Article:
Tempo de leitura: 1 minuto
Place-based policies can be an effective instrument for governments to encourage the economic development of a country. A Special Economic Zone (SEZ) is a place-based policy aimed at attracting FDI, employment growth, and supporting new economic reforms. In addition, for emerging economies an SEZ could be a potential catalyst for development; foreign investors can have a drastic impact on the productivity of domestic firms, revenues, and market shares through the implementation of new technologies and the creation of new firms.
However, the effects of SEZs on the domestic market at the firm level are largely understudied. In this research, I leverage the large-scale SEZ policy implemented by the Russian government in 2005 that aims to attract foreign investors to specific parts of the country by offering tax relief. The primary objective of this research is to quantify the effects of the Russian SEZ policy on local firms.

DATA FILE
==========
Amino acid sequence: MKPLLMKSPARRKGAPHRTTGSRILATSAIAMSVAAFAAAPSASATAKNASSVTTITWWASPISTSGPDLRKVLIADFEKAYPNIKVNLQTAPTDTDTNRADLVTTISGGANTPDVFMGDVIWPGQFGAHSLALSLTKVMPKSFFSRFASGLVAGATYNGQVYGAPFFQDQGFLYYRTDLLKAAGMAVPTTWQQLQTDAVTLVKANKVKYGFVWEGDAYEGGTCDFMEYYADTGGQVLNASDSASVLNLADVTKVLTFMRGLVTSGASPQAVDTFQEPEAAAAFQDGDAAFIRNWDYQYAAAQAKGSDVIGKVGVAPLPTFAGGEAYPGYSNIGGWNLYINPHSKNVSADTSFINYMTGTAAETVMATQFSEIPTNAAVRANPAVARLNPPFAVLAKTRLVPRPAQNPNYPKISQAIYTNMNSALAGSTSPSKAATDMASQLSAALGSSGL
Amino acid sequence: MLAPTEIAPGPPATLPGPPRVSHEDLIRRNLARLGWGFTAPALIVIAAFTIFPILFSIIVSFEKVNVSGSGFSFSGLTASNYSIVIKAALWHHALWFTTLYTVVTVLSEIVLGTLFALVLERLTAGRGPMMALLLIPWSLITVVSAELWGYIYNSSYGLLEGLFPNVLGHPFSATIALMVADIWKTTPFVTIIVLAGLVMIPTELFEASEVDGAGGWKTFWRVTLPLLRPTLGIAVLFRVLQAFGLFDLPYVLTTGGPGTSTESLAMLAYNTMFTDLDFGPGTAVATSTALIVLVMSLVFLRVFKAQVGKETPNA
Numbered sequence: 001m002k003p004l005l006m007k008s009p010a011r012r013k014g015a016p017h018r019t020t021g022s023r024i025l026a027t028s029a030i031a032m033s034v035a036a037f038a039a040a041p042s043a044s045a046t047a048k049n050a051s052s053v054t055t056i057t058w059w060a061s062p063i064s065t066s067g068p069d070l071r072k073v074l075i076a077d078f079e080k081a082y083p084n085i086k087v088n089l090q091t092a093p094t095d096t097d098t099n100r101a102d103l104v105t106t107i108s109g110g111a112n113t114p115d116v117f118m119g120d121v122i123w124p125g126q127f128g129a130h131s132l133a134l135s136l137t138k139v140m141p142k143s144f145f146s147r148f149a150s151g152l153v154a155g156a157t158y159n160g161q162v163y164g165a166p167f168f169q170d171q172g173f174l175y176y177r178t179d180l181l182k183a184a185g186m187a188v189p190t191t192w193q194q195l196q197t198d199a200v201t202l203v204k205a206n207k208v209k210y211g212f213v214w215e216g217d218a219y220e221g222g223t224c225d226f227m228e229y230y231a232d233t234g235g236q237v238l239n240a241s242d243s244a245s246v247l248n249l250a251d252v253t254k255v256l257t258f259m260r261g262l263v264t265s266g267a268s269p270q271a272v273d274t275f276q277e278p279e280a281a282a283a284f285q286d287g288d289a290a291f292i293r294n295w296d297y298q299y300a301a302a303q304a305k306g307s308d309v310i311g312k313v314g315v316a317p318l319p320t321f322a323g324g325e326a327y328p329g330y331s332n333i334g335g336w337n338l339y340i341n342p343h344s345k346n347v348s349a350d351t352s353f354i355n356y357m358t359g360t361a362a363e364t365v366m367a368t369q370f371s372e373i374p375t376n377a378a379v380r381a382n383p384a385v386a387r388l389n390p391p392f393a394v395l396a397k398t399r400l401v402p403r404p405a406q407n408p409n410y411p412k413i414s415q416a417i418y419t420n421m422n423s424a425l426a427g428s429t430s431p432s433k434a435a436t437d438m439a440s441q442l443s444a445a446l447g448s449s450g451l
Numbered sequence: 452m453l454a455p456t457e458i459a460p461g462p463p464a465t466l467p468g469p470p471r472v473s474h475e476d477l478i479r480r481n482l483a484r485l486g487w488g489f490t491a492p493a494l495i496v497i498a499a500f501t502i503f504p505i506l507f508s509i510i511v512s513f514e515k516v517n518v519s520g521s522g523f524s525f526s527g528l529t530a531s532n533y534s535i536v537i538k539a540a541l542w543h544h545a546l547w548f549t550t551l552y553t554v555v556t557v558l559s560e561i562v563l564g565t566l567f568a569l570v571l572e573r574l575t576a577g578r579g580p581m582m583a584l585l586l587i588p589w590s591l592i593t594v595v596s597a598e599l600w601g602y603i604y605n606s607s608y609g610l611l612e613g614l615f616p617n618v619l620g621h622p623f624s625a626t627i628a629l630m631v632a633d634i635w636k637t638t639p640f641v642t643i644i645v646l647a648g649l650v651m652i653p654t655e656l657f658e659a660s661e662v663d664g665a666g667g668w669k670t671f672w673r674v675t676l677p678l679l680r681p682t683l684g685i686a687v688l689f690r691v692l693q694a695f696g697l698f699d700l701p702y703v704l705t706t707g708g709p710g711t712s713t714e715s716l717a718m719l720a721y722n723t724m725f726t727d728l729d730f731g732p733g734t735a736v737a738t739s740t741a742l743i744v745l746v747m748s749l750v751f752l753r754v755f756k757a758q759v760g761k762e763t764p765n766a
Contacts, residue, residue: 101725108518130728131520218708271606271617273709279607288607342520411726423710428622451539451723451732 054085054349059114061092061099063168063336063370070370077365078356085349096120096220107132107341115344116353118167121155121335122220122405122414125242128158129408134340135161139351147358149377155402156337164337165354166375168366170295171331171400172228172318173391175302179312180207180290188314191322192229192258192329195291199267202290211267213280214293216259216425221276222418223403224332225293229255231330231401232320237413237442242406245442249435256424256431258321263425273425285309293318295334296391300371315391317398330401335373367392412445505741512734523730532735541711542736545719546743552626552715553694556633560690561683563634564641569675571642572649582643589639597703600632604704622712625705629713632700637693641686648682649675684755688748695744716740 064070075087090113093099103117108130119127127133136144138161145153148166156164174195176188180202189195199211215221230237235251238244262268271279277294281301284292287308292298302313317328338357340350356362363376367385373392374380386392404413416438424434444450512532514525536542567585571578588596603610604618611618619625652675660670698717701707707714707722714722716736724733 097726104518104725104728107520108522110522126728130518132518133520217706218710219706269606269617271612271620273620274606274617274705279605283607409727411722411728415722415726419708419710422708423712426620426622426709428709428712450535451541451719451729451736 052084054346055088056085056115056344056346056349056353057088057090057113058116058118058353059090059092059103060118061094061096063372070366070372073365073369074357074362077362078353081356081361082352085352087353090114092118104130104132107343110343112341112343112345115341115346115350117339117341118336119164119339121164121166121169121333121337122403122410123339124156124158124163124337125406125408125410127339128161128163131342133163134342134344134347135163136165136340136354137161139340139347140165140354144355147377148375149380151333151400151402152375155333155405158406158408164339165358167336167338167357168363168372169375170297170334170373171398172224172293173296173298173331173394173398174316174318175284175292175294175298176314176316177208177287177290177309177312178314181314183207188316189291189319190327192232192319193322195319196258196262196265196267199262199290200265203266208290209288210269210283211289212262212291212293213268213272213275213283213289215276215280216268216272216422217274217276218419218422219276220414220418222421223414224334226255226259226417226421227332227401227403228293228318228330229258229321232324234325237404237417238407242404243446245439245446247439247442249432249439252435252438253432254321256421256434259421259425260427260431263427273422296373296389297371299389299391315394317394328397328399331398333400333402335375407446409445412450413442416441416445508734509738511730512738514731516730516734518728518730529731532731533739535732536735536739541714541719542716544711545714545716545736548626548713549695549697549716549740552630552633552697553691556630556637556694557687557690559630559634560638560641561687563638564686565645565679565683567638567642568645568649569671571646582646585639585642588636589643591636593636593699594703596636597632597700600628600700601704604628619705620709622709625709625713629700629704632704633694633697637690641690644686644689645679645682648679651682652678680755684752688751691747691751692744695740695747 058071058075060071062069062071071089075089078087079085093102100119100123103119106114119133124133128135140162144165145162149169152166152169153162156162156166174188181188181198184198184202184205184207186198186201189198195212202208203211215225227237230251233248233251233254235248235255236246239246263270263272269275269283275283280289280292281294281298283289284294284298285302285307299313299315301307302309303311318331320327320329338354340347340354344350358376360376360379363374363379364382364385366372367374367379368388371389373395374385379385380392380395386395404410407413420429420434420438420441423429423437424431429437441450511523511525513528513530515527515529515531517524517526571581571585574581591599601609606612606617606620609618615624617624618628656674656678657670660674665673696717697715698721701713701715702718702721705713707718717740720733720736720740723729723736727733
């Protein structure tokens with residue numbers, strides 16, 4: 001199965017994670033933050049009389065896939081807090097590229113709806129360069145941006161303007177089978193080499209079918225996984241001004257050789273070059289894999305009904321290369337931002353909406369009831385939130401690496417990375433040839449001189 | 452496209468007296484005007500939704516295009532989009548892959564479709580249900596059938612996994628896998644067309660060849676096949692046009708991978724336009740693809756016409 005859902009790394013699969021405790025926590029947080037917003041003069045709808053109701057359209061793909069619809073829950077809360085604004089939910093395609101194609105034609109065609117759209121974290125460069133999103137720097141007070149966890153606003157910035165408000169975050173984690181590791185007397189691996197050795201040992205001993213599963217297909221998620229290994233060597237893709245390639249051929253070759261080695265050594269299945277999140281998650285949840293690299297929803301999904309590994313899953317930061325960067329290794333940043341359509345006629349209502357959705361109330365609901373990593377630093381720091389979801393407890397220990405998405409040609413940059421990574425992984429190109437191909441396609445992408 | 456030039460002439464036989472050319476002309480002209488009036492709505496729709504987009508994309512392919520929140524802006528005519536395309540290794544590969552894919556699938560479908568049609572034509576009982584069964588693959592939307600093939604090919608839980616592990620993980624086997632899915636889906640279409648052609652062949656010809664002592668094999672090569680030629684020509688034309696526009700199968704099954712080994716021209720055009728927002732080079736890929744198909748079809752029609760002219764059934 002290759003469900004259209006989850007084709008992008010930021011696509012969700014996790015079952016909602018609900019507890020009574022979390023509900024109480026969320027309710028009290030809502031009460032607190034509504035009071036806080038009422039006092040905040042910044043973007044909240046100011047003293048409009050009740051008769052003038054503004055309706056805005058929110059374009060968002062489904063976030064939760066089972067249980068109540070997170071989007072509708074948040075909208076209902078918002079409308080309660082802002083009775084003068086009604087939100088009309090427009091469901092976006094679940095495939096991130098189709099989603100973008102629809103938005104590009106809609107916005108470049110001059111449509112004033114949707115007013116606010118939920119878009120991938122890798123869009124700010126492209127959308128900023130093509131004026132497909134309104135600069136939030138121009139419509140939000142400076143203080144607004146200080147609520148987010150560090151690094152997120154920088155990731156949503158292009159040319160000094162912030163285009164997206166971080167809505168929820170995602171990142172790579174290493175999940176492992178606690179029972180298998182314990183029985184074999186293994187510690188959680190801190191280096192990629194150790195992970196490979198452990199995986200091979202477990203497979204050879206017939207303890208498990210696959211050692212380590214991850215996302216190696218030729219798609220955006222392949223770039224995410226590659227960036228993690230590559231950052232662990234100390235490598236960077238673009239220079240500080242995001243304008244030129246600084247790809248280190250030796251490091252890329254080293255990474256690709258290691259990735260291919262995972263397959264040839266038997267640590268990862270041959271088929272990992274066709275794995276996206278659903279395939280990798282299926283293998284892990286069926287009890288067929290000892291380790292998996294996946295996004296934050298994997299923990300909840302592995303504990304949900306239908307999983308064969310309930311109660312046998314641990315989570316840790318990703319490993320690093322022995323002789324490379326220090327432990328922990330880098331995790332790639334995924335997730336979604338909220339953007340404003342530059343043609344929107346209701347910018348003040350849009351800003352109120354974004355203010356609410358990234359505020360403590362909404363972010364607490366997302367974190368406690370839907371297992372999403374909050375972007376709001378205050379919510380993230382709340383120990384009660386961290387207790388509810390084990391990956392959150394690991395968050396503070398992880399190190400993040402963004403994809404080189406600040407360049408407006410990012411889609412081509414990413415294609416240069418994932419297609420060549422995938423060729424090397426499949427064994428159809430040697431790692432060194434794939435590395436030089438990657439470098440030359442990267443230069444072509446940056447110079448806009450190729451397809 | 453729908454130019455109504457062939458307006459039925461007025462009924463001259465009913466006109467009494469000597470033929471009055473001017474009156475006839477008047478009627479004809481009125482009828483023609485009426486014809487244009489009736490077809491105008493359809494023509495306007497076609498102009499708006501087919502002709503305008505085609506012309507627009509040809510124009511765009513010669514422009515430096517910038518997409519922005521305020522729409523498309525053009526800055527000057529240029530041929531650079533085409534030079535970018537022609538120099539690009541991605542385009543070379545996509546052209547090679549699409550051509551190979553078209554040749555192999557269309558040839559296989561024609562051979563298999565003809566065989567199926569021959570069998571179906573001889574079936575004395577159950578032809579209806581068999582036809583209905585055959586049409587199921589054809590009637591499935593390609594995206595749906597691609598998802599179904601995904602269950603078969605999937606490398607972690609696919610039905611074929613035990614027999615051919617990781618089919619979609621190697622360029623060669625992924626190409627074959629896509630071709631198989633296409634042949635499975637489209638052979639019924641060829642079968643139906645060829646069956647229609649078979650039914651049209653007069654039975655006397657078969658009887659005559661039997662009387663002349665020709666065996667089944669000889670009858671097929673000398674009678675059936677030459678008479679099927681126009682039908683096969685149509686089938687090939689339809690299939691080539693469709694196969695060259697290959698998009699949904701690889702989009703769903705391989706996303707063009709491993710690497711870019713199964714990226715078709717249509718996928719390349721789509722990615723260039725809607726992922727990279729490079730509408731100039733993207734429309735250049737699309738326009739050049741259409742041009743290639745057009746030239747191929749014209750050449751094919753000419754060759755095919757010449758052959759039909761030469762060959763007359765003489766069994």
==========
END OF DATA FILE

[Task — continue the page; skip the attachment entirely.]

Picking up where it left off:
To examine the effects, I use the generalised Difference-in-Difference methodology and apply it to a panel of firms in Russia for the 2006–2019 period. The data includes time-varying SEZ treatment on firms, firm characteristics, and accounting data. The primary outcome variables of interest are revenues, profits, and total factor productivity.
The research findings could contribute to the urban economic literature on place-based policies and may be helpful to policymakers in determining the effectiveness of SEZ place-based policies.